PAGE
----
Don’t Start a House Church Out of Anger
I’m always trying to get people to start house churches. It’s kind of a little crusade of mine. So people are always a little surprised when I caution some folks not to start a house church.
So while I have a huge list of reasons why people should start house churches, I have a small list of reasons they shouldn’t. One of the main reasons I caution people to not start a house church is because they are angry with another believer or group of believers.
It’s a common scenario: Something a pastor or leader or just someone else in your house church did makes you angry. Out of anger, the impulse to start a house church arises. Sometimes it’s out of a desire to prove the offending person wrong. Sometimes we just want to get away from the person in our current church. Sometimes its because we want a church of our own to lead. Regardless, the temptation is there–Starting a house church is easy, I’ll just do that.
Starting a house church is easy. That’s one reason we love them. But when we start house churches out of anger and division, we set ourselves up for disaster down the road. What many don’t realize when they start a house church is that often those who lay the vision for a house church sow the seeds of the future of that house church. Those with prophetic gifting will often find themselves planting prophetic house churches. House churches started by people with mercy gifts will often multiply disciples with mercy gifts. But those who start house churches out of anger will often end up with an angry house church.
This shouldn’t surprise us. James tells us:
This you know, my beloved brethren. But everyone must be quick to hear, slow to speak and slow to anger; for the anger of man does not achieve the righteousness of God.
See the problem? Anger fills us with a kind of hubris that causes us to take matters in our own hands to show other people. We will prove ourselves. But this is so outside of how God births his Kingdom. Jesus invites us to serve others, to turn the other cheek when wronged, and to lay aside all forms of anger because it’s truly the seeds of murder in our heart (See Matthew 5:21-24). Anger with a brother actually represents a break in your relationship with God that needs to be dealt with immediately.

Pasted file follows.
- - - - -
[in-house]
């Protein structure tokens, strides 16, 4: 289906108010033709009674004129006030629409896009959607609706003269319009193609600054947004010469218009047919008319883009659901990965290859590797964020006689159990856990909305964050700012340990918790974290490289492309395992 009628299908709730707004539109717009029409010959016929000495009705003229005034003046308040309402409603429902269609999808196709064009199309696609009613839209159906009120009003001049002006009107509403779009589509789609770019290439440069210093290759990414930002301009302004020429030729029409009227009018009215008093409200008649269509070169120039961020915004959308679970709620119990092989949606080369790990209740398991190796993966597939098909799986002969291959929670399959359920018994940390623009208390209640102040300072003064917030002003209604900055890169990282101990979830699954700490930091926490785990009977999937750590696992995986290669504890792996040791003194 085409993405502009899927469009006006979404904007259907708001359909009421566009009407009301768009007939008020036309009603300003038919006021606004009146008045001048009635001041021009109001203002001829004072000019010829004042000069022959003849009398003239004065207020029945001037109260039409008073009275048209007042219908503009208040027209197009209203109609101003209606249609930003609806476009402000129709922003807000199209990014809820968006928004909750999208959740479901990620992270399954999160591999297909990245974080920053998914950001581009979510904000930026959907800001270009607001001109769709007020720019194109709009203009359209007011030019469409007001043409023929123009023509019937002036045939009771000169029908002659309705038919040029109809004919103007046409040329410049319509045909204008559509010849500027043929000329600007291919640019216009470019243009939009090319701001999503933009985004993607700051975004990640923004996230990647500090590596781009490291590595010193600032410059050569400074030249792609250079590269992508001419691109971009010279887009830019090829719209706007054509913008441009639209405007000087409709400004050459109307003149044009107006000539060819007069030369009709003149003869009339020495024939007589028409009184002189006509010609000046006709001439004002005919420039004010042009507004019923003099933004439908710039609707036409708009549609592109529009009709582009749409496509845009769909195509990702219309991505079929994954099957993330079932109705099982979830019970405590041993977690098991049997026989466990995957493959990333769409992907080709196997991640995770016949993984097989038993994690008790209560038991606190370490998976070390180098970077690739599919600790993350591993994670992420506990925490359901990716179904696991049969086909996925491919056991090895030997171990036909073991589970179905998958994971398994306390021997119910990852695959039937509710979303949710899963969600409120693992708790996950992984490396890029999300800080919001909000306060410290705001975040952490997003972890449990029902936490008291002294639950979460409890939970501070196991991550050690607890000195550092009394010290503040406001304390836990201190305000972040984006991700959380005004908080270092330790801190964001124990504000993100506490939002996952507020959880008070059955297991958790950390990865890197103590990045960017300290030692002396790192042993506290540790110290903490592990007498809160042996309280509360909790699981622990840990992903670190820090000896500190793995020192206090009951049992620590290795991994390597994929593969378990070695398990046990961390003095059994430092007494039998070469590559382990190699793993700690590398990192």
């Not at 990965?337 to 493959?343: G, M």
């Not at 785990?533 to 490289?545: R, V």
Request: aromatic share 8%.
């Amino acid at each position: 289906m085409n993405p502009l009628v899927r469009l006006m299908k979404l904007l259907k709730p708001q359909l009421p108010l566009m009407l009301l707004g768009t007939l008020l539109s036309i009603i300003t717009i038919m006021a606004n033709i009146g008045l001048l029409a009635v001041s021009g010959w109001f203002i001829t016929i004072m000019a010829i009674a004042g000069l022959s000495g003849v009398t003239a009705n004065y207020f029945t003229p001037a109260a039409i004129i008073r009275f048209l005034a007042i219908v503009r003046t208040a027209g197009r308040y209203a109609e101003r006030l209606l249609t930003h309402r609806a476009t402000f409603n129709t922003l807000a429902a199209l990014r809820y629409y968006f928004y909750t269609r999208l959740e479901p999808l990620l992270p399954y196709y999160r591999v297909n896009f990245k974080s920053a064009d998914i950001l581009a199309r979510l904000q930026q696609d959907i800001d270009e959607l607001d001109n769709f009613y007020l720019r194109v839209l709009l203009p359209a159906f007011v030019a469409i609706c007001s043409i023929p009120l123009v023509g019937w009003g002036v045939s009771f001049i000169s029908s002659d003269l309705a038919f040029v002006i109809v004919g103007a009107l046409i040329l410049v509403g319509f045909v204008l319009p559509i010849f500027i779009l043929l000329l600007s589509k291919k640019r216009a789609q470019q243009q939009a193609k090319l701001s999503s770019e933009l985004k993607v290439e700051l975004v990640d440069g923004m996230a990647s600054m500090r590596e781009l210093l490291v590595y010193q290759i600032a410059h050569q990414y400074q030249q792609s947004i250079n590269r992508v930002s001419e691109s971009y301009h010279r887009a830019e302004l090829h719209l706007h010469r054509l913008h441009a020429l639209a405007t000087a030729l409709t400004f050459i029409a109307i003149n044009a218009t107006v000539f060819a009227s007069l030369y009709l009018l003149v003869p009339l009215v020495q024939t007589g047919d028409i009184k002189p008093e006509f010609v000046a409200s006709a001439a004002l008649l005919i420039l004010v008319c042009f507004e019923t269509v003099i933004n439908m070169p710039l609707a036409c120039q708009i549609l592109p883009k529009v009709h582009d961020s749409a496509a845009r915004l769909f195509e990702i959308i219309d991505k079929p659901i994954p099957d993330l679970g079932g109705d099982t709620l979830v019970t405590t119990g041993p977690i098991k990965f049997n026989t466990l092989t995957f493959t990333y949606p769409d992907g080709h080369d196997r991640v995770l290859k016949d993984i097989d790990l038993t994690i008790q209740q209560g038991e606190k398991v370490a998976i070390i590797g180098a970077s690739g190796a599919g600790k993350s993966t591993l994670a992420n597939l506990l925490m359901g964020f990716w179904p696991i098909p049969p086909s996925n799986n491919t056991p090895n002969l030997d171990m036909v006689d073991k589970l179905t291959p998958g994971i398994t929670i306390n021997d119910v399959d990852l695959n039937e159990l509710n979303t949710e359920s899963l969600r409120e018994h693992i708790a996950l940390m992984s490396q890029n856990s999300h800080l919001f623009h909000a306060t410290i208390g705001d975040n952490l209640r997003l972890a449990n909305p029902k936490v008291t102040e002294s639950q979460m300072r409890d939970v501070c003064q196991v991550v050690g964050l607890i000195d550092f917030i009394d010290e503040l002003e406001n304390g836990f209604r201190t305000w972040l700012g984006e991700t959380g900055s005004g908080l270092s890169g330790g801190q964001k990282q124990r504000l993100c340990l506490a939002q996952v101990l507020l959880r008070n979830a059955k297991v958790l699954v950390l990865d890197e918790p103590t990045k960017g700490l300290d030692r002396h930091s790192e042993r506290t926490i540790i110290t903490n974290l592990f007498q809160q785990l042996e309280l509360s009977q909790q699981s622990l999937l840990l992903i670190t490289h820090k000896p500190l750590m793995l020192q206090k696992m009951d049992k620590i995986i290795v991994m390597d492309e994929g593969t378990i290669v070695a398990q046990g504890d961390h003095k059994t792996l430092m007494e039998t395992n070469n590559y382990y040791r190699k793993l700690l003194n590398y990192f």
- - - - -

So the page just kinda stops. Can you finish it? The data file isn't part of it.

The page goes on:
This is why I recommend, before someone with anger in their heart plants a house church, that they go and try to be reconciled with their brother or sister. Obviously this is not always possible. Not every conflict can be reconciled, but Paul tells us that as much as it is up to us to live at peace with others (Romans 12:18). That will mean forgiving the brother or sister we believe wronged us. It will mean trying to rebuild he relationship, to whatever degree possible. Sometimes it may even mean bearing with others’ weaknesses, because not everyone will be perfect, or even our definition of perfect.
History is littered with angry people who started house churches only to be rejected by those who were part of this new house church. The rejection often comes from anger and bitterness, because the writer of Hebrews tells us that bitterness in one person will defile many. So before you pull the trigger and plant that house church, please, for the sake of the Kingdom, reconcile yourself to whoever you might be running from.
“…the anger of man does not achieve the righteousness of God.”